Conforming jumbo loans are about to get a lot smaller - and that could make it harder and more expensive to buy a home or refinance a mortgage if you don't act soon.

It's been widely reported that Fannie Mae, Freddie Mac and the FHA are all lowering their conforming loan limits, effective Oct. 1. What's gotten less attention is that the size of the reductions will vary widely, depending on where you live - from a few hundred dollars in some areas to nearly a quarter million dollars for homebuyers and mortgage refinancers in Monterey County, Calif.

To be sure, most of the country will be unaffected by the changes - the reductions only apply to certain high-value markets where loan limits were raised in 2008. But if you're looking to purchase or refinance a home with a mortgage in the $300,000-$700,000 range, you could be affected.

Higher interest rates, bigger down payments

For those who are over the new limits, it will mean having to go through the regular jumbo loan market rather than getting a mortgage backed by Fannie, Freddie or the FHA. That means paying about half a percent more in interest that would be available with a Fannie Mae or Freddie Mac mortgage, or having to put up considerably larger down payment than the 3.5 percent minimum allowed by the FHA.

Currently, the biggest mortgage you can get with Fannie Mae, Freddie Mac or FHA backing is $729,750, if the home you're financing is in one of the nation's priciest real estate markets. As of Oct. 1, that limit will fall to $625,500.

Areas with loan limits less than the current maximum will generally see smaller declines for mortgages backed by Fannie Mae and Freddie Mac, though none will have new loan limits set below the current minimum of $417,000.

Smaller FHA mortgages

For FHA mortgages, the picture is a bit more complicated. The new minimum loan ceiling will be only $271,000. That's only a bit less than the current minimum in many areas, but the reductions will be applied more unevenly. Some areas where you can presently get an FHA mortgage in the mid-$400,000 range will see their FHA loan limits cut to the $271,000 minimum, whereas others with higher current limits will see far more modest reductions.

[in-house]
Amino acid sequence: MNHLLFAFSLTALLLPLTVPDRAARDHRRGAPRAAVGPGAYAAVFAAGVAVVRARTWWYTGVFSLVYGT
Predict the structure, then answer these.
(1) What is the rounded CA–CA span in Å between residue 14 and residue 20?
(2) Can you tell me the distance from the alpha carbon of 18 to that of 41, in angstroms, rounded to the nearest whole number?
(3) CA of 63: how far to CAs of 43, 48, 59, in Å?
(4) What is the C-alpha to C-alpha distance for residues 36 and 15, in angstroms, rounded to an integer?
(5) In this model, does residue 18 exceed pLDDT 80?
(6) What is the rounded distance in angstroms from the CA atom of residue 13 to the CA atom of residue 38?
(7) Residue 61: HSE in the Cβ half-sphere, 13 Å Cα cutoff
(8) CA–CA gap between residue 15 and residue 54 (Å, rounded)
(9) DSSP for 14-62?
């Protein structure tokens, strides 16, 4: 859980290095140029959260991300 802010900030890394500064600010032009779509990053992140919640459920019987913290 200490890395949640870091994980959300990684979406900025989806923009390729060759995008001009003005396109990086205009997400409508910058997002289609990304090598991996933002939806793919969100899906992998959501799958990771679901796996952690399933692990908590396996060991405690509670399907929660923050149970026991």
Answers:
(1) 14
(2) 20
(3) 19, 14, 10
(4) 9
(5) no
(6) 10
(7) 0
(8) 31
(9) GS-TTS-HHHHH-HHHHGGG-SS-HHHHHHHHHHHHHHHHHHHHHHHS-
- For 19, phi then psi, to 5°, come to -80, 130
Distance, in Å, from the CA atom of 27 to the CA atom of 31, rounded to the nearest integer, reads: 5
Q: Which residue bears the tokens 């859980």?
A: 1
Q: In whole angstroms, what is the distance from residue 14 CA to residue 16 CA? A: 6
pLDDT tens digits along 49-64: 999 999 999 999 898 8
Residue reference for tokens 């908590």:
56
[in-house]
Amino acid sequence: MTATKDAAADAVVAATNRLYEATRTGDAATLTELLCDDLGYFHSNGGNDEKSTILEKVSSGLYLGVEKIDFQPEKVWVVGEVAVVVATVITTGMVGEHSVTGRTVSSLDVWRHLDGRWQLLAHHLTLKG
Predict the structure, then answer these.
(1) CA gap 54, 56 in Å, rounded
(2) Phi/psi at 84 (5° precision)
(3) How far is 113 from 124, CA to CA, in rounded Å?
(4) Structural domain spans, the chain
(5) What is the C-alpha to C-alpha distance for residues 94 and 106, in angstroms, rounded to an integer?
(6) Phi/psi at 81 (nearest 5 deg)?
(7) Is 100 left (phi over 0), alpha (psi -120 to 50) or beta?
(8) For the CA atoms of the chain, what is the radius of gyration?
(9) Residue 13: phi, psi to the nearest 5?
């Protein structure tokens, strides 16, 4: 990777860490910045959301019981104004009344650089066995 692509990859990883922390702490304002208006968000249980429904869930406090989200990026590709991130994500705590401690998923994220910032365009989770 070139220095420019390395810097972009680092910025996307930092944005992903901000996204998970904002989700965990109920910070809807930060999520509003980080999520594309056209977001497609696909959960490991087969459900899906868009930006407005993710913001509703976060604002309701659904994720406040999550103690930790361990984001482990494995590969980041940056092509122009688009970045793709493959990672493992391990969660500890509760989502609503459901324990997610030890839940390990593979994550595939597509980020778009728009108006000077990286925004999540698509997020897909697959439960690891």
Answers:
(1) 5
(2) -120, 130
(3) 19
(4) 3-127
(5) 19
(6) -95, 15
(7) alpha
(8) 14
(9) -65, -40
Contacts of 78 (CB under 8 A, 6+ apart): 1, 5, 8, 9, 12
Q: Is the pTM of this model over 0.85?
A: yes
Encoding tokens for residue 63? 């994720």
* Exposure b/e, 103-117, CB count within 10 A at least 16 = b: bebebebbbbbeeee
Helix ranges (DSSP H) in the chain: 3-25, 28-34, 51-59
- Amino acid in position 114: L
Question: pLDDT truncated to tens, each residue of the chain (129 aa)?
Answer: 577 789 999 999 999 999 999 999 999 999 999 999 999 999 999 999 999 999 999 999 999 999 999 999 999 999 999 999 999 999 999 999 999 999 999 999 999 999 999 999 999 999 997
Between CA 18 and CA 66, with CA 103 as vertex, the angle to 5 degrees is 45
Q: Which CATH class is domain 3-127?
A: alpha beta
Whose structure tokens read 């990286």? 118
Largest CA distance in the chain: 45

Generally speaking, the decline in FHA loan limits will depend on how home values in a given area have declined or held their value over the past few years.

More impact seen from Fannie, Freddie loan limits

Most analysts expect the new limits on Fannie Mae and Freddie Mac mortgages to have the biggest impact, since FHA mortgages carry higher fees and costs, so borrowers are less likely to use them to buy more expensive homes. However, they do hold some appeal for homebuyers who wish to buy a higher value property with a small down payment.

The reduction in Fannie Mae and Freddie Mac limits will also affect refinancing - you'll no longer be able to refinance with a mortgage backed by Fannie or Freddie if you're over the limit, even if one of them currently has your mortgage. The change won't affect FHA streamline refinances, however - you'll still be able to refinance a current FHA mortgage into a new one, even if you're above the new limits.

Published on August 6, 2011